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'I'm not f**king going back in' - Thompson's tirade at judge


Frederick Thompson was refused bail in his murder case

Frederick Thompson was refused bail in his murder case

Frederick Thompson was refused bail in his murder case

A man charged with the murder of David Douglas outside a Dublin shop last year has been refused bail in the case, which is due to be heard by the Special Criminal Court.

Frederick 'Freddie' Thompson ranted and cursed at High Court judge Mr Justice Paul McDermott yesterday morning when his application for bail failed.

Thompson (36), of Loreto Road, Maryland, Dublin 8, is charged with the murder of Mr Douglas (55) at Bridgefoot Street, Dublin, on July 1, 2016.


The father-of-one was standing in the doorway of a shop owned by his wife, Yumei, when he was approached and shot several times.

The victim, who suffered a number of gunshot wounds, was rushed to St James's Hospital, but was pronounced dead a short time later.

Thompson was arrested on November 1, 2016, and detained at Kilmainham Garda Station.

He was charged and remanded in custody following a brief hearing at Dublin District Court on November 7 last year.

He previously applied to the Special Criminal Court to have the charge dismissed but the court refused the application, as it was satisfied that there was sufficient evidence to put him on trial for the offences.

When his application for bail was refused yesterday, Thompson stood up and said: "F**k off, I'm not listening to this."

He walked towards the door to the holding area where he had been brought to the court.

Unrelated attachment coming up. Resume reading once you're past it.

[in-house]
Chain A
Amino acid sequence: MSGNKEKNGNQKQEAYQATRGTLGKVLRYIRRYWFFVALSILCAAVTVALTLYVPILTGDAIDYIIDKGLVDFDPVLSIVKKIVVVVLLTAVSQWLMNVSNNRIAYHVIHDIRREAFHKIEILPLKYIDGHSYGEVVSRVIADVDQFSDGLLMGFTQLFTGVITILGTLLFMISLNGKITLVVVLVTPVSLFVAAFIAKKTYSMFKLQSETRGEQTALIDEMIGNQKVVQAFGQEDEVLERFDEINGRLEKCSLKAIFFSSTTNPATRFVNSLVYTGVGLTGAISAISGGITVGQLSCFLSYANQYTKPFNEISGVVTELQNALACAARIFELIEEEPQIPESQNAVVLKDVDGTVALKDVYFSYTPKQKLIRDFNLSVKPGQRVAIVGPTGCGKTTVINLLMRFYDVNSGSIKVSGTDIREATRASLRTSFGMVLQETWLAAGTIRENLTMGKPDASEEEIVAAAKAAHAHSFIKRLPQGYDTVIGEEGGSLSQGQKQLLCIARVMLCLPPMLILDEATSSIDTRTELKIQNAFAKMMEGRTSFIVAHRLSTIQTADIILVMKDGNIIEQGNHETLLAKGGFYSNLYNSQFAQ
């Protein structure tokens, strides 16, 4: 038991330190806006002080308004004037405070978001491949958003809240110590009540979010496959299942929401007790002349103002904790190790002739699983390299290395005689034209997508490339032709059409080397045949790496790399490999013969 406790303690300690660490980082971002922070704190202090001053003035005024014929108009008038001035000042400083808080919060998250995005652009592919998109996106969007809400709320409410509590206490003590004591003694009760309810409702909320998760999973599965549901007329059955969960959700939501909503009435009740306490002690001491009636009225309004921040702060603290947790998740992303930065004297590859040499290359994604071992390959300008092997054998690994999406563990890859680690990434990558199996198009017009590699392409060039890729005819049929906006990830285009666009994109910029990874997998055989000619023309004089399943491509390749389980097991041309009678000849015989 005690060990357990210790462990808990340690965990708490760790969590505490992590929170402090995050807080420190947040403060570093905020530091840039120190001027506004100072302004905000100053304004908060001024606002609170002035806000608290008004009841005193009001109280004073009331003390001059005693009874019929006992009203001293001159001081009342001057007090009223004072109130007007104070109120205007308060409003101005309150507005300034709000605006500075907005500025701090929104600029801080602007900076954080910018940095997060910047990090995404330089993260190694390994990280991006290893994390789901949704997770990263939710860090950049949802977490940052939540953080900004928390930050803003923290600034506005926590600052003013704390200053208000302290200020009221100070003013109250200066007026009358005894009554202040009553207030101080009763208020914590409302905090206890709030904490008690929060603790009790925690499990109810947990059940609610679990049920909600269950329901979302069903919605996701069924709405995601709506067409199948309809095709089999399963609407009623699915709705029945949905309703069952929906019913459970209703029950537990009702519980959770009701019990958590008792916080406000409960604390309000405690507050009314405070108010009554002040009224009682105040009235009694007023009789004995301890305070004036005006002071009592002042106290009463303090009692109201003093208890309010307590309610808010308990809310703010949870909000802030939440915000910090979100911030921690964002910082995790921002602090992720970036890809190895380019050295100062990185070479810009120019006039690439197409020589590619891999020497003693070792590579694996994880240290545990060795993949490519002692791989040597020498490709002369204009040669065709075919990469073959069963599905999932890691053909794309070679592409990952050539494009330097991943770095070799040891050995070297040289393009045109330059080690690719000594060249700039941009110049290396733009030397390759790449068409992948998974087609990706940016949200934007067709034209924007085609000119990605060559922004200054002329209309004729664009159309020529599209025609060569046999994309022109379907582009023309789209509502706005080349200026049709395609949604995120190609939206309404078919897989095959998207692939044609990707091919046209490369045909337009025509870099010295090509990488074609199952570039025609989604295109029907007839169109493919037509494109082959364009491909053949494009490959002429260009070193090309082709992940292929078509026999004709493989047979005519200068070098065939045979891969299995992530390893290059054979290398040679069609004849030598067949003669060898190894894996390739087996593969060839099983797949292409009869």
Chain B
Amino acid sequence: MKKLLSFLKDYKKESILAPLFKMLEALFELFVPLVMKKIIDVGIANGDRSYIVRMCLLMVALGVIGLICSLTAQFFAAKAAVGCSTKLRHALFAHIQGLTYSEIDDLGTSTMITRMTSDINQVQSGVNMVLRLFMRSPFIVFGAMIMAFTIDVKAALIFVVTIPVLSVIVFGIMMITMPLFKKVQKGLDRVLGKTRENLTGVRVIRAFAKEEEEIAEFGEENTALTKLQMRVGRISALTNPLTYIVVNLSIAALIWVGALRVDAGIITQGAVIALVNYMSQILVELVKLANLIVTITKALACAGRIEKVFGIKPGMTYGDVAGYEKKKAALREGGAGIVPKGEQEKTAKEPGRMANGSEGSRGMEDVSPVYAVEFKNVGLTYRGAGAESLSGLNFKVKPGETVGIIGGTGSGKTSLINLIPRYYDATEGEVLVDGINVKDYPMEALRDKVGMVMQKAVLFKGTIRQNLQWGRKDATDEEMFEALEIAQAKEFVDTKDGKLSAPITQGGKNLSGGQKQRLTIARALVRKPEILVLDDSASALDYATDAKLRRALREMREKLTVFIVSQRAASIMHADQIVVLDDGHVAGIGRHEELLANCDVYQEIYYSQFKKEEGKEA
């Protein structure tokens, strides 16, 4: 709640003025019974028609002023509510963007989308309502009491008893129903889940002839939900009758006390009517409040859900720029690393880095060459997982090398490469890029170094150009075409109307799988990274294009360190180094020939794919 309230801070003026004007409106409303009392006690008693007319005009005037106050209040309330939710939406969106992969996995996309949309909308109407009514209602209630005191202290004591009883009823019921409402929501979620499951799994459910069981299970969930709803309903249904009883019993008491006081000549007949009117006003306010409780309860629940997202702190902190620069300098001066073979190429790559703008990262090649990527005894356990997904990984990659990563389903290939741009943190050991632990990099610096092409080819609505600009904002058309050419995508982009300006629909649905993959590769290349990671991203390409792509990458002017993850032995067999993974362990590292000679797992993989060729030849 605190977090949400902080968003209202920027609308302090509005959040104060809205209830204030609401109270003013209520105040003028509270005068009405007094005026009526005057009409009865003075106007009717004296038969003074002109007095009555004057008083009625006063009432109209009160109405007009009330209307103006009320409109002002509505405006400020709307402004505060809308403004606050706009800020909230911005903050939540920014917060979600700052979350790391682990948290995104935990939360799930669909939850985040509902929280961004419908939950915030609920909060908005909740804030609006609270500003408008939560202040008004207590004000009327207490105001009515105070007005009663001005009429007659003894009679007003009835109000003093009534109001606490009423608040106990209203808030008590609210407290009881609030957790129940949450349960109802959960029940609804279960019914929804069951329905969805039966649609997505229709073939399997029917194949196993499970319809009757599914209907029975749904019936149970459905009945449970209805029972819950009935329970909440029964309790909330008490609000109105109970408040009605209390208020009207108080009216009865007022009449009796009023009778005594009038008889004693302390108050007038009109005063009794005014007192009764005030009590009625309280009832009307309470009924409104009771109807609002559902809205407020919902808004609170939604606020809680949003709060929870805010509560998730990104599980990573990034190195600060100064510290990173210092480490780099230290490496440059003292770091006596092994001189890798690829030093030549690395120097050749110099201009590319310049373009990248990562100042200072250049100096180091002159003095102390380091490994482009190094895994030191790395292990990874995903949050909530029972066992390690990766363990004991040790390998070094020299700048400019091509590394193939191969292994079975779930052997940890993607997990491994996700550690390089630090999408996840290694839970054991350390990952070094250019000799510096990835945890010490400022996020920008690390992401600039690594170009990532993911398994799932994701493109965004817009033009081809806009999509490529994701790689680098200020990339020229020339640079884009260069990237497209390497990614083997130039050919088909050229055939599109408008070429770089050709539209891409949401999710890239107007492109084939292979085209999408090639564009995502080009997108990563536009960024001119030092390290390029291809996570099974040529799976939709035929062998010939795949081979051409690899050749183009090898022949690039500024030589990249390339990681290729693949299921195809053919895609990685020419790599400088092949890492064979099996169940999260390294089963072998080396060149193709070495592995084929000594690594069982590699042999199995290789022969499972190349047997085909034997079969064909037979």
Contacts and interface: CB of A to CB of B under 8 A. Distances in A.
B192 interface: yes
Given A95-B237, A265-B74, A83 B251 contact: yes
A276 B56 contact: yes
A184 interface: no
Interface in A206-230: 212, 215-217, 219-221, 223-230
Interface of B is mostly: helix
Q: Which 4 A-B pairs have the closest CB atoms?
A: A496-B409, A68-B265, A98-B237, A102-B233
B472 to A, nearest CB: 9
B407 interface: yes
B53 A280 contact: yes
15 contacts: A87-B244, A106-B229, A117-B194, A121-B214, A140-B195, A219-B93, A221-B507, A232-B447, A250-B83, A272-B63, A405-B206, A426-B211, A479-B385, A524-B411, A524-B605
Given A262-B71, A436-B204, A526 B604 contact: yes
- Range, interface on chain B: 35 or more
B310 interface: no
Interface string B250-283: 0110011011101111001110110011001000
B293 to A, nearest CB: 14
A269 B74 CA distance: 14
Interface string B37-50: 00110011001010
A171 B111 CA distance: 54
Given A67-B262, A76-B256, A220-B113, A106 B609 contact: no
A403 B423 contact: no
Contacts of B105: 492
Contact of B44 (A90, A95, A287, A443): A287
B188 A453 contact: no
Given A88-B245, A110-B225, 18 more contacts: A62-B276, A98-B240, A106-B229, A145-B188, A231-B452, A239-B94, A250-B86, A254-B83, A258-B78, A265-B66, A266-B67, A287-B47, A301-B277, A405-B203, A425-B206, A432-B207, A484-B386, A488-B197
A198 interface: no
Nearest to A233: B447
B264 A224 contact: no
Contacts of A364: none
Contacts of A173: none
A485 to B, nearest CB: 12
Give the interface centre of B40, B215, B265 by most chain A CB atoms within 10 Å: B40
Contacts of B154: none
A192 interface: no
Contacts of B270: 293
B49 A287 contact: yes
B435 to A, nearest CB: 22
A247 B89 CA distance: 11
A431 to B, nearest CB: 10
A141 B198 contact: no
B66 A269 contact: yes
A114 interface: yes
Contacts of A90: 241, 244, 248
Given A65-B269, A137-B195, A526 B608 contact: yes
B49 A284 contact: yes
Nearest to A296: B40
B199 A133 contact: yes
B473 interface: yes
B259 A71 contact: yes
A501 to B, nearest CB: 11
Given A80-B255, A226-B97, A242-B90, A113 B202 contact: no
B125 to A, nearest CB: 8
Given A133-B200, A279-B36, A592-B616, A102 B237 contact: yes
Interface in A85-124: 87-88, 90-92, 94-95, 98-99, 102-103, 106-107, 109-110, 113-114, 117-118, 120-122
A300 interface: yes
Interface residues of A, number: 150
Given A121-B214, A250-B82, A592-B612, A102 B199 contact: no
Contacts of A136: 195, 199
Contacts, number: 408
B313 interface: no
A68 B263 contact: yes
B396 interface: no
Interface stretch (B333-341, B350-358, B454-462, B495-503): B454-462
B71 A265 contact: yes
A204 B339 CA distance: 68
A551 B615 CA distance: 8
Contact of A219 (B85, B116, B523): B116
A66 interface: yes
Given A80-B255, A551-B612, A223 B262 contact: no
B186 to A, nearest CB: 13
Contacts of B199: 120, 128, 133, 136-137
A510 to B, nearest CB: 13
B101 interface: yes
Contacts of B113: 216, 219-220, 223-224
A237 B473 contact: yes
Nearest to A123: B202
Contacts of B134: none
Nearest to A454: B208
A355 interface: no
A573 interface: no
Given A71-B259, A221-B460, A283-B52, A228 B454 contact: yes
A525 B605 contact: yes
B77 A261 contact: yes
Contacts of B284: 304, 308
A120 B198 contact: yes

Prison officers tried to bring him back before the judge, but he shouted: "I'm not f**king going back in", and "the state of the country. You are all the same".

Two women who were in the court to support Thompson then left the courtroom before the judge had finished his ruling.

Thompson had sought bail in the High Court, but the State objected to the application.

At yesterday's hearing, Sergeant Brendan Brogan, from Pearse Street Garda Station, told Ronan Prendergast, for the State, that he was objecting to bail because of the "seriousness" of the charge.

Sgt Brogan also told the court he believed that if the applicant was released on bail he would be a flight risk and might not face trial.


Another ground for objection, the court heard, was Sgt Brogan's fear that if the accused man was released on bail, it could result in further serious offences being committed.

The court also heard evidence from Chief Superintendent Francis Clerkin, who said that his objection was based on Section 2A of the Bail Act.

The section allows a chief superintendent give evidence that the refusal of bail is necessary to prevent the commission of a serious offence.

Mr Justice McDermott refused bail on several grounds, including that Thompson represented a flight risk.